Atari’s crowdfunding campaign for the AtariBox (VCS) launched earlier today. [Editor’s Note: I am refusing to call it the VCS in order to avoid polluting the namespace with the original Atari VCS, launched in 1977.] With a fundraising goal of just $100k, by 10AM they had already exceeded their funding goal by almost 8x. $100,000 is barely one full-time employee salary for a project like this.
Despite the lack of detailed information about what the AtariBox is, and the loud skepticism of most of the gamer community, it seems that thousands of suckers are eagerly lining up to pre-order a videogame console that Atari don’t plan to release until mid-2019.
The announced specs for this system are more than adequate to serve as an emulation box for vintage 80’s game systems, but that’s hardly surprising, considering that emulation of the Atari 2600 has been around for at least 22 years (Stella was released in 1996, when computers were considered fast if they had 133Mhz CPU and 16 MB of RAM. The MOS 6507 CPU that drove the Atari 2600 had a 1Mhz CPU and could access up to 128 bytes of on-board RAM. That’s bytes, not kilobytes.) But as to its “modern” gaming capabilties, thehardware specs of the AtariBox is about on par with a high end gaming PC from 2006 (4GB RAM, 32GB onboard storage). The AMD Bristol Ridge CPU and Radeon R7 GPU — I would have to assume based on Atari’s form factor this will be an R7 240 — are obviously more current, but still old (AMD’s Bristol Ridge was launched in 2016, so still pretty current, but the Radeon R7 line dates from 2014, and is decidedly midrange and budget at a sub-$100 pricepoint today).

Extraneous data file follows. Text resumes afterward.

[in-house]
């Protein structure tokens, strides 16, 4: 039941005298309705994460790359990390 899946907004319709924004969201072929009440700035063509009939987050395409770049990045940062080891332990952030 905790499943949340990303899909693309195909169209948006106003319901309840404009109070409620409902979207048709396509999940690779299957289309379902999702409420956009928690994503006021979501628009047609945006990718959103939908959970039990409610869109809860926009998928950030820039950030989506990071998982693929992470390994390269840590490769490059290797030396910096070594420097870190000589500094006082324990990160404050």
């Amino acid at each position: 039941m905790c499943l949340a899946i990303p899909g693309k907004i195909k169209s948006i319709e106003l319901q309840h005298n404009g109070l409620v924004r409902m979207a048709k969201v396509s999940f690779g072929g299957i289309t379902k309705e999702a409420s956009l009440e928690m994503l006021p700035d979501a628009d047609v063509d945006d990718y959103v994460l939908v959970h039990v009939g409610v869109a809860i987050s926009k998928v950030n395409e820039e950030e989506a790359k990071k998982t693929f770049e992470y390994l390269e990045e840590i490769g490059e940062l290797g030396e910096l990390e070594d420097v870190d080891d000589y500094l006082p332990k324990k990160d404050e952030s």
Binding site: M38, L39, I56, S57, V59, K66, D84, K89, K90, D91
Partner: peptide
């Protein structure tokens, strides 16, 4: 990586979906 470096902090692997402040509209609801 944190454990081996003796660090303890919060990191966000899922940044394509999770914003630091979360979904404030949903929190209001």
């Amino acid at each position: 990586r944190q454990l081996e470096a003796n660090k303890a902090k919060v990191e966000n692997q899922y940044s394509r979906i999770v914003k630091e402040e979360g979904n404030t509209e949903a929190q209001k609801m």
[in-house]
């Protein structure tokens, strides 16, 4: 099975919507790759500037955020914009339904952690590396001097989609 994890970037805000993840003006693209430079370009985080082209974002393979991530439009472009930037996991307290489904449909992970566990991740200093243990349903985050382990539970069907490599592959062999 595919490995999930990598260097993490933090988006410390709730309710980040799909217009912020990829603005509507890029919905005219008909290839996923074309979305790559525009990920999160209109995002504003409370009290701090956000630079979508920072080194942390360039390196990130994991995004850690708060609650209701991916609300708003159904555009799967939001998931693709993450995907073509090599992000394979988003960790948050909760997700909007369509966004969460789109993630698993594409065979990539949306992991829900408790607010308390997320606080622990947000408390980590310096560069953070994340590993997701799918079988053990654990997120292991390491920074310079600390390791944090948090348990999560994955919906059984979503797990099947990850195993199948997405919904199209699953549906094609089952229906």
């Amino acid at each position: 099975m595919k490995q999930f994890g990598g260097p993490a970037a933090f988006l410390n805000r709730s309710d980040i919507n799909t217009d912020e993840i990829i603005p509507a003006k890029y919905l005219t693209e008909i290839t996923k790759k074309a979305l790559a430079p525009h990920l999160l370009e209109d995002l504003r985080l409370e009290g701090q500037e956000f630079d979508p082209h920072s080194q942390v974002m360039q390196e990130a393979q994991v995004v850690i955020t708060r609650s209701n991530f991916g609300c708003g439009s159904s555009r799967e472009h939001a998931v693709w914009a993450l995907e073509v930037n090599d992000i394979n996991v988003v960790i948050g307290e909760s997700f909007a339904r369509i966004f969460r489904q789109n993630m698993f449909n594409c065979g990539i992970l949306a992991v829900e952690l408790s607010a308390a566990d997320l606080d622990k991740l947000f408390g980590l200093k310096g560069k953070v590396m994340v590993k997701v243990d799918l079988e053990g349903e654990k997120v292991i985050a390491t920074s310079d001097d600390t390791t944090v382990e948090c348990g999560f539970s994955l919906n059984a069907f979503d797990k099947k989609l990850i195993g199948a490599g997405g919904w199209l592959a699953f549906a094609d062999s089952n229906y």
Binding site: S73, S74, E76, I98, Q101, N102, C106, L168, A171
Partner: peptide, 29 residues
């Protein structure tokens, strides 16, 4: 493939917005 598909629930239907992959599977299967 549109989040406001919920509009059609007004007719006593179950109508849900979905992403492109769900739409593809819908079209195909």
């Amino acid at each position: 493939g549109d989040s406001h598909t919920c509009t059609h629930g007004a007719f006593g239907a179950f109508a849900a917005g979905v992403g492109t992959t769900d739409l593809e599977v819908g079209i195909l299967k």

It appears that coincident with the launch of the pre-order, Atari is also, only just now, starting to work out a process for game developers to submit titles to Atari for publishing on the AtariBox platform. This gives the console a distinctly OUYA-like feel. I liked the idea of a console that was open to publishing for any indie developer, but in practice this strategy proved unsuccessful as Ouya attempted it, with hordes of low-quality shovelware published to the system by developers who weren’t yet ready for prime time.
This gives me the feeling that Atari have no real clue about how to successfully launch a console in 2018.
Still, you can pre-order just the controllers, and I do kindof like the design of Atari’s contemporary take on the classic CX10/CX40 joystick. If the build quality is good, and if it will work with any PC over USB or Bluetooth, then it might be worthwhile to get one. But putting $$$ down on a pre-order and then waiting at least year for it, if they are able to launch on time, is definitely a gamble.
Beyond that, I can’t recommend pre-ordering anything. Wait for launch, and see whether Atari has any decent first-party launch titles supporting the AtariBox, and if there are any killer exclusive titles that make the console a must-own device. It seems unlikely to me — pretty much any game developer wants to maximize sales, and you do that by publishing to any and every platform that you can, not by going exclusive. Exclusive titles tend to happen only when the owner of the platform wants to pay the developer a mountain of cash to keep the title exclusive. Think Microsoft buying Bungie in order to keep Halo exclusive on the XBox. I haven’t seen any indication from Atari that they have the inclination or the deep pockets to do this.